- Globalization and e-commerce have opened new opportunities for business expansion, and created new competitive pressures for companies of all sizes, but have created the need for global delivery of services.
- Acceleration of new applications such as mobility has permitted workers to do their jobs anywhere, and created new challenges encouraging employee collaboration and protecting valuable data.
- Escalation of application access, performance and reliability expectations of workers at all times from wherever they are.
- Expectation of cost savings and improved efficiencies for IT delivered as a service.
Did Star Trek foreshadow social and visual networking? Could it actually serve as a bit of a Nostradamus for this and future generations? Stay with me now, because I think yes.. Remember the Vulcan mind meld? It was”a procedure that involved physical contact with a subject (though instances of mind-melds without contact have been seen, according to my trekkie friends -if you ask them they will you about it in great detail…), making it possible to share thoughts, experiences, memories, and knowledge with another individual.” Voila, collaboration of the highest order. And, with the integration of video into this equation, the world of communication and collaboration will be life and business expanding. In a sense, it’s a path to meld the various modes of communication together seamlessly throughout all aspects of our Connected Lives, at home, at work, and on the move.It’s no secret we’re on a path to uber communication and collaboration. First it was text. Then is was two-way communication. Then audio and sound joined along and even video. But, now it’s a mash-up world where visual networking is more than a two-way street. In the oft-cited work by Dr. Paul Lester, attribution is given to educational psychologist Jerome Bruner of New York University for finding that”persons only remember ten percent of what they hear, 30 percent of what they read, but about 80 percent of what they see and do.” In other words, seeing is believing and retaining.As a result, visual networking will play an even greater role in the way that we communicate going-forward. And, it will place increasing demands on bandwidth and quality. A truly connected life must ride within an intelligent network that will adapt, expand and prioritize to help realize the full impact that visual networking can offer.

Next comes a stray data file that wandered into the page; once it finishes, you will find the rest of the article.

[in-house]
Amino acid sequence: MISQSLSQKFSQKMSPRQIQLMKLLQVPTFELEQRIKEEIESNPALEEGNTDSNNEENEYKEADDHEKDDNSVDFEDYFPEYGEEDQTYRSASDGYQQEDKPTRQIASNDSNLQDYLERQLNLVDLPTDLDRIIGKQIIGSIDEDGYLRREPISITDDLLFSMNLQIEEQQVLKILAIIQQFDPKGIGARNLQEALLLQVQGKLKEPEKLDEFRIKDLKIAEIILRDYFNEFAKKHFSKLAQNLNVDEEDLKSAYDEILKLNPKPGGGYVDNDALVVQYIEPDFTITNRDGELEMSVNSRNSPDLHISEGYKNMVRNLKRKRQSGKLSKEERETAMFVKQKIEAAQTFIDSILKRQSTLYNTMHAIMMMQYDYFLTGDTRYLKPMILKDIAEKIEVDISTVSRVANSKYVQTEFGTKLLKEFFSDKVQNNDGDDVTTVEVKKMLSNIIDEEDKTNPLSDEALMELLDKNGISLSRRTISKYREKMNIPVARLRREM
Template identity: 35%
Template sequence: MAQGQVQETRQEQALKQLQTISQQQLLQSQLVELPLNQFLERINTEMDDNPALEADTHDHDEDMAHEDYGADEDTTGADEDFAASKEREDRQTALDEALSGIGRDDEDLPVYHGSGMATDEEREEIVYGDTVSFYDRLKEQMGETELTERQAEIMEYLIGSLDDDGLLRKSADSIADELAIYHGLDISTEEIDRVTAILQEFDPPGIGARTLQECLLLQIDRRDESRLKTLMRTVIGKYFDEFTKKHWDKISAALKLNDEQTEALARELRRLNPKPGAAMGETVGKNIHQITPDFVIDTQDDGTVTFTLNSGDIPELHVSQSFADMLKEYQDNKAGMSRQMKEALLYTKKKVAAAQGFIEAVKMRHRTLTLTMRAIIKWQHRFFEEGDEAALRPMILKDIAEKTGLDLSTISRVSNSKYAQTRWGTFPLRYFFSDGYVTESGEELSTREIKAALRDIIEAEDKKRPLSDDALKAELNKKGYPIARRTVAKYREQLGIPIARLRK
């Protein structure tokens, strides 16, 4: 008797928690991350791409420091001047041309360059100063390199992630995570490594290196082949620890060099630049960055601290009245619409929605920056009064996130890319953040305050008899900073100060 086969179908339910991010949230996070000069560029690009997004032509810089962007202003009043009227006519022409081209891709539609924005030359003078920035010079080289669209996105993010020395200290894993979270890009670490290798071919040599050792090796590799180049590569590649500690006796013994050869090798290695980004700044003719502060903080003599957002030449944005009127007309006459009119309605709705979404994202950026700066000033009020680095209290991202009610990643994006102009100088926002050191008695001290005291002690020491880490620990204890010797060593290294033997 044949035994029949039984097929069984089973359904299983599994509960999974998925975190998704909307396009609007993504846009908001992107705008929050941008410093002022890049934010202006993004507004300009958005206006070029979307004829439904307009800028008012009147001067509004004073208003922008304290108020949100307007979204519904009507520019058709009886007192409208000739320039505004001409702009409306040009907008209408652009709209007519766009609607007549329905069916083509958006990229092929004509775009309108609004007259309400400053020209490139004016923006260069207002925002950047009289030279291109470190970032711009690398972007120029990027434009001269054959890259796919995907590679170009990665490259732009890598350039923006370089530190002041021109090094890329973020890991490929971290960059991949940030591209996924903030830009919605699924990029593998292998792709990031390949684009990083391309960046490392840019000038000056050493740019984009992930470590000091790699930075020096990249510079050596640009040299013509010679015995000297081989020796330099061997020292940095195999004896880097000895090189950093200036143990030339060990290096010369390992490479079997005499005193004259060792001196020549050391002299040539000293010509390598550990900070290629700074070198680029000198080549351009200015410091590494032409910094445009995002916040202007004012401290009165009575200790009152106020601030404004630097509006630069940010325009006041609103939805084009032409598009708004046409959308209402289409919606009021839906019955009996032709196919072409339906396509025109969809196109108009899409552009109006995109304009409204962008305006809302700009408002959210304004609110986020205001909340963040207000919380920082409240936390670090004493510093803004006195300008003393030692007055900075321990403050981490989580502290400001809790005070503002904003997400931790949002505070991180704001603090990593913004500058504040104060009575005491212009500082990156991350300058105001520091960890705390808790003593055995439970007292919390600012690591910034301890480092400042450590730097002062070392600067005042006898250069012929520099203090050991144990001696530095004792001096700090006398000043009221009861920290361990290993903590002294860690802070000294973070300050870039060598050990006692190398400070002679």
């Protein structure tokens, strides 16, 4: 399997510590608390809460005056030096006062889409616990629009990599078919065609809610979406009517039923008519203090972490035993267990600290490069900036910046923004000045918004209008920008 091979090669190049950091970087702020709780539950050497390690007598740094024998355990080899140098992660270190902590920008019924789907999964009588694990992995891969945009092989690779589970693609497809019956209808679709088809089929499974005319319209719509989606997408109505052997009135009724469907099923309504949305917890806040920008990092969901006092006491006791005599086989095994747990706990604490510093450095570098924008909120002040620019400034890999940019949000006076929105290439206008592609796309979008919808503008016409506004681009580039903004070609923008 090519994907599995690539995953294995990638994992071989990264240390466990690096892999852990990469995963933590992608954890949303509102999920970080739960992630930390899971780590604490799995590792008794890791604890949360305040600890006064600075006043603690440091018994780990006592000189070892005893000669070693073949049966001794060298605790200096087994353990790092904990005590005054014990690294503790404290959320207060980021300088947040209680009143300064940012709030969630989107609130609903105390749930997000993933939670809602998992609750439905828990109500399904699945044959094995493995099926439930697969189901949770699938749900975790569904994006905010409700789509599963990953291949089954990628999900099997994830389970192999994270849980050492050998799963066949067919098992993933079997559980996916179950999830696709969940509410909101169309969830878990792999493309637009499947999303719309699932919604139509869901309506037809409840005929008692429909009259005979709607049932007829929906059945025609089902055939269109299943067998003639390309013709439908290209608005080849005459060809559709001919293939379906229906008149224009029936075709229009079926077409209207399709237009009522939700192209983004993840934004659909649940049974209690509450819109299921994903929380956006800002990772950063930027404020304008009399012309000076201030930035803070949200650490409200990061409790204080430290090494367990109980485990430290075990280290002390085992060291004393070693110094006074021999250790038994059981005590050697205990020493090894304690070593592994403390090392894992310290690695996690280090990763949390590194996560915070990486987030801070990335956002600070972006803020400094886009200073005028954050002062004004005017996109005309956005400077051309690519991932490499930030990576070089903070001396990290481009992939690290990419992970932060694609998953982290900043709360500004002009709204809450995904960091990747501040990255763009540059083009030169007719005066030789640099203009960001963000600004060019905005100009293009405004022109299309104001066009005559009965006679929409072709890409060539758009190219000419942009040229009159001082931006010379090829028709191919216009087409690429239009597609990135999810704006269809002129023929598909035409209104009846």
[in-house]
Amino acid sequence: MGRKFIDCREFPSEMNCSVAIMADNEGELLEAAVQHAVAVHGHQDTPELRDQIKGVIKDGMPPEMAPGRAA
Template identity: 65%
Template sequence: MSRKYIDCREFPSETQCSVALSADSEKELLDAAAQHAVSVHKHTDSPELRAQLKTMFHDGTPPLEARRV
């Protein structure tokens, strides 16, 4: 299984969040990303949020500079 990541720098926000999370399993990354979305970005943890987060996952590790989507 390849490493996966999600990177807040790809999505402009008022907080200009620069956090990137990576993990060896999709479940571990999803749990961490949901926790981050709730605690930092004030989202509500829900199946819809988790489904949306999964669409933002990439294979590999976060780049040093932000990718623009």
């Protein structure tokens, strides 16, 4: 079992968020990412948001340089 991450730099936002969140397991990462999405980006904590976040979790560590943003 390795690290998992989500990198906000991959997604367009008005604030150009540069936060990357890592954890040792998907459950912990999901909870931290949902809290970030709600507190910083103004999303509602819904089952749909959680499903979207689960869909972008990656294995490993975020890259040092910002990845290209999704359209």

“œAnother X.0 expression”, you say.”How original.”Certainly, the trend du jour is to update a way of doing things and label it with an”X.0″ after most any phrase or expression. But, you know, I’m not ready to abandon the logic for the sake of a new fad that is obtuse or overt”marketing bull.” I really tried to avoid it, REALLY, but for managed services, the taxonomy works rather well. So, here goes-”œManaged services” is one of those terms which has meant many things to many people. The lack of a generally accepted definition of managed service has contributed to its slower than expected growth in the past. The history of managed services can be summarized as:
- Managed Services 1.0: The first generation of managed services in the 1980s consisted of highly customized network outsourcing arrangements designed by the telecommunications carriers to meet the needs of a select group of large-scale corporations.
- Managed Services 2.0: The second generation of managed services emerged in the 1990s when a new class of independent service providers tried to sell remote monitoring services to small- and mid-size businesses (SMBs).